Water splitting is the general term for a chemical reaction in which water is separated into oxygen and hydrogen. Efficient and economical water splitting would be a key technology component of a hydrogen economy. Various techniques for water splitting have been issued in water splitting patents in the United States. In photosynthesis, water splitting donates electrons to the electron transport chain in photosystem II.
- 1 Electrolysis
- 2 Photoelectrochemical water splitting
- 3 Photocatalytic water splitting
- 4 Radiolysis
- 5 Photobiological water splitting
- 6 Thermal decomposition of water
- 7 Chemical production
- 8 Research
- 9 Patents
- 10 See also
- 11 References
- 12 External links
Electrolysis of water is the decomposition of water (H2O) into oxygen (O2) and hydrogen gas (H2) due to an electric current being passed through the water. In chemistry and manufacturing, electrolysis is a method of separating chemically bonded elements and compounds by passing an electric current through them. One use of electrolysis of water or artificial photosynthesis (photoelectrolysis in a photoelectrochemical cell) is to produce hydrogen. Recently, researchers have shown that water splitting can be broken into two discrete steps using polyoxometalate based redox mediators.
In power to gas production schemes, the excess power or off peak power created by wind generators or solar arrays is used for load balancing of the energy grid by storing and later injecting the hydrogen into the natural gas grid.
Production of hydrogen from water requires large amounts of energy and is uncompetitive with its production from coal or natural gas. Potential electrical energy supplies include hydropower, wind turbines, or photovoltaic cells. Usually, the electricity consumed is more valuable than the hydrogen produced so this method has not been widely used. Other potential energy supplies include heat from nuclear reactors and light from the sun. Hydrogen can also be used to store renewable generated electricity when it is not needed (like the wind blowing at night) and then used to meet power needs during the day or to fuel vehicles. The storable quality of hydrogen helps make hydrogen an enabler of the wider use of renewables, and internal combustion engines. (See hydrogen economy.)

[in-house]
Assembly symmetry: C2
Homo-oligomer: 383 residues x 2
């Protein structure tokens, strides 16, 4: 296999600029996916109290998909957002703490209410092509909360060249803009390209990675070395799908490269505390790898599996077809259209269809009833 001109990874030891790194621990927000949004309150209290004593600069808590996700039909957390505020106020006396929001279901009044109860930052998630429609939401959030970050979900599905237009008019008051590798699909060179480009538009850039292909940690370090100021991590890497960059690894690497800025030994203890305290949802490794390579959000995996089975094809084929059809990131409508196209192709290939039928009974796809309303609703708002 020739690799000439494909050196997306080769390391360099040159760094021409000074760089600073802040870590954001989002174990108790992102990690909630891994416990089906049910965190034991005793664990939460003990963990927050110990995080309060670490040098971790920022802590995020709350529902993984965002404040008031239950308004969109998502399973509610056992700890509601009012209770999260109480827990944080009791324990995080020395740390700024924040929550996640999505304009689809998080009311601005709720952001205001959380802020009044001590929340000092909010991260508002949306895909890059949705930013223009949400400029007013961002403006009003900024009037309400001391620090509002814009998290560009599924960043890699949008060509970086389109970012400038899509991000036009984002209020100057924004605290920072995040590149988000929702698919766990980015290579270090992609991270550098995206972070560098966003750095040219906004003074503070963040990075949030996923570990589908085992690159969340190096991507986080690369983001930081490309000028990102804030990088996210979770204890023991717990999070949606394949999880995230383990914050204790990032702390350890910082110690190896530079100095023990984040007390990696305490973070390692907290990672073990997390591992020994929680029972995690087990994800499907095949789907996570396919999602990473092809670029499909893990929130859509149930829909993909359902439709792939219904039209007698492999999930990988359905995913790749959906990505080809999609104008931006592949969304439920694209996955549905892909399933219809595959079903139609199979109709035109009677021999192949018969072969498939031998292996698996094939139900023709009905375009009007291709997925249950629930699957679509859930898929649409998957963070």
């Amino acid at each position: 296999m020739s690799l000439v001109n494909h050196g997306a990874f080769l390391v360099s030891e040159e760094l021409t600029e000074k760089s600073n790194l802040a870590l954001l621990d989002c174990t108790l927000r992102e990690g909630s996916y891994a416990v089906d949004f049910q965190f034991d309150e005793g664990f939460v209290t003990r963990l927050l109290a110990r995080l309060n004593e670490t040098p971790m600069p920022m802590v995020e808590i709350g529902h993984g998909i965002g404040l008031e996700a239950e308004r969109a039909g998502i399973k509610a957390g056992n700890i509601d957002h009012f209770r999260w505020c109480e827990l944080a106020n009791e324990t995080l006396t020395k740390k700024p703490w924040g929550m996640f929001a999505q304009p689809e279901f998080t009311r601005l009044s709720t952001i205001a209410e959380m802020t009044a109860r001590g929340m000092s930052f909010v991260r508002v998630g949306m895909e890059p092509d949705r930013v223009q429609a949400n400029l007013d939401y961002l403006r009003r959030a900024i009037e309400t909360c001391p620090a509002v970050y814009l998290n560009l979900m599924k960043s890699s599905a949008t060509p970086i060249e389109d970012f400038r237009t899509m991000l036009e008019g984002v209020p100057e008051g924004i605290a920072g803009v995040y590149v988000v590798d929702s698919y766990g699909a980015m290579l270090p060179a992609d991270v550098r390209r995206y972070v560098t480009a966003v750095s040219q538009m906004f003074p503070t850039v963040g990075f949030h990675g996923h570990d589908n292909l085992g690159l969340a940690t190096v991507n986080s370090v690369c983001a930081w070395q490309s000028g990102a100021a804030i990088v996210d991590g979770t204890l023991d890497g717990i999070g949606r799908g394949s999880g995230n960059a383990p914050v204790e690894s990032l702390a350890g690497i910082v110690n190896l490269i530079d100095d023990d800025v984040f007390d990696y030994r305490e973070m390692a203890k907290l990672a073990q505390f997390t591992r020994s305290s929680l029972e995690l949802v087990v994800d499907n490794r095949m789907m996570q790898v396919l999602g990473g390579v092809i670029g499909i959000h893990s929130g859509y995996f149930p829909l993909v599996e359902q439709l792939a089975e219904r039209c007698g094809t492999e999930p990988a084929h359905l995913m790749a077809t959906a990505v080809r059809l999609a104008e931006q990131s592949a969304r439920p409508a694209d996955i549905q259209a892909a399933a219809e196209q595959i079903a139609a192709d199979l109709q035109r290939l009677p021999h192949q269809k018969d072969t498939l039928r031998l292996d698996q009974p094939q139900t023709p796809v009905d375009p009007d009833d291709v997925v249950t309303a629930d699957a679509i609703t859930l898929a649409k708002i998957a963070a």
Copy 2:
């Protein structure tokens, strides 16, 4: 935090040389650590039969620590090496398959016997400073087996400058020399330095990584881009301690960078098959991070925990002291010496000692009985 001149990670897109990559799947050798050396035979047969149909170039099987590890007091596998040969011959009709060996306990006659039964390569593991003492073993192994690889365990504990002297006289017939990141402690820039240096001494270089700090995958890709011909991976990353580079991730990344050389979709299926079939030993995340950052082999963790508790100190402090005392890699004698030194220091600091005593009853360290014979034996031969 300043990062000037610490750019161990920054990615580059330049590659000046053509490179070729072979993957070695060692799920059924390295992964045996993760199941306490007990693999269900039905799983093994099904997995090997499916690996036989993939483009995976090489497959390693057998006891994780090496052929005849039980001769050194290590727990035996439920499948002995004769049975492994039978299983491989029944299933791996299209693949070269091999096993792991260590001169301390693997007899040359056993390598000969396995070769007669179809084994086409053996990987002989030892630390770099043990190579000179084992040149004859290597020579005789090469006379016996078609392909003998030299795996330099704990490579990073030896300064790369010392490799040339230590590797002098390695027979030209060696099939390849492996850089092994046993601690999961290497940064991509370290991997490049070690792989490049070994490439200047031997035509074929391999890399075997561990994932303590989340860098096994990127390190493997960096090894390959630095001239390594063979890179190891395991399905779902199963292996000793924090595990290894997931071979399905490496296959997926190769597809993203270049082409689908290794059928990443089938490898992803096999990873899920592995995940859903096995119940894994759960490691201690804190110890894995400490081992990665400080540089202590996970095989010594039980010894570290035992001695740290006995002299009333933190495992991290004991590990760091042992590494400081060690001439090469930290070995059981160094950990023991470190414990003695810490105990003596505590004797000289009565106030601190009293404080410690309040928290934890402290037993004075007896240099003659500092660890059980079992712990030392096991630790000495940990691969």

High pressure electrolysis
When water is pressurized and then electrolysis is conducted at those high pressures, the produced hydrogen gas is pre-compressed at around 120–200 bar (1740–2900 psi). By pre-pressurising the hydrogen in the electrolyser energy is saved as the need for an external hydrogen compressor is eliminated, the average energy consumption for internal compression is around 3%. The energy required to compress water is very much less than that required to compress hydrogen gas.
When the energy supplied is in the form of heat (originating from solar thermal, or nuclear), the best path to the production of hydrogen is through high-temperature electrolysis (HTE). In contrast with low-temperature electrolysis, HTE of water converts more of the initial heat energy into chemical energy (hydrogen), potentially doubling efficiency to about 50%. Because some of the energy in HTE is supplied in the form of heat, less of the energy must be converted twice (from heat to electricity, and then to chemical form), and so the process is more efficient.
HTE processes are generally only considered in combination with a nuclear heat source, because the other non-chemical form of high-temperature heat (concentrating solar thermal) is not consistent enough to bring down the capital costs of the HTE equipment. Research into HTE and high-temperature nuclear reactors may eventually lead to a hydrogen supply that is cost-competitive with natural gas steam reforming. HTE has been demonstrated in a laboratory, but not at a commercial scale.